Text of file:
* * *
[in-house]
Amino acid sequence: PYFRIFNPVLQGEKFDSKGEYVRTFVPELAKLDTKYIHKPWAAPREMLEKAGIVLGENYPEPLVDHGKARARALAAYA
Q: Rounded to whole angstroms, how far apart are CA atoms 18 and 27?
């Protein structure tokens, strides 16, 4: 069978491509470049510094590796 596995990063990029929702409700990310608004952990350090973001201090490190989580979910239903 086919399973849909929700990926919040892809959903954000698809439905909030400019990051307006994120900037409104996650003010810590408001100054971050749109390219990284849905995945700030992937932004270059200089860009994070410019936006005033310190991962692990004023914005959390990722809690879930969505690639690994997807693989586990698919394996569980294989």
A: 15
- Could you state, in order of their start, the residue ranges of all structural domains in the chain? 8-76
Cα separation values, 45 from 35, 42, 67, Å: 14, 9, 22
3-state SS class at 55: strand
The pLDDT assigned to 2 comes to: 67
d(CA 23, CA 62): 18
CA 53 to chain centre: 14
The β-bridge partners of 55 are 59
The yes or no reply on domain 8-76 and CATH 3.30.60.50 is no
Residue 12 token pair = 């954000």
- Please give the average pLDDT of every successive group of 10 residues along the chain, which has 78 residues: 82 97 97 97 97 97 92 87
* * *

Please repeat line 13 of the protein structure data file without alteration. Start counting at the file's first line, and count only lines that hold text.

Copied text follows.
The yes or no reply on domain 8-76 and CATH 3.30.60.50 is no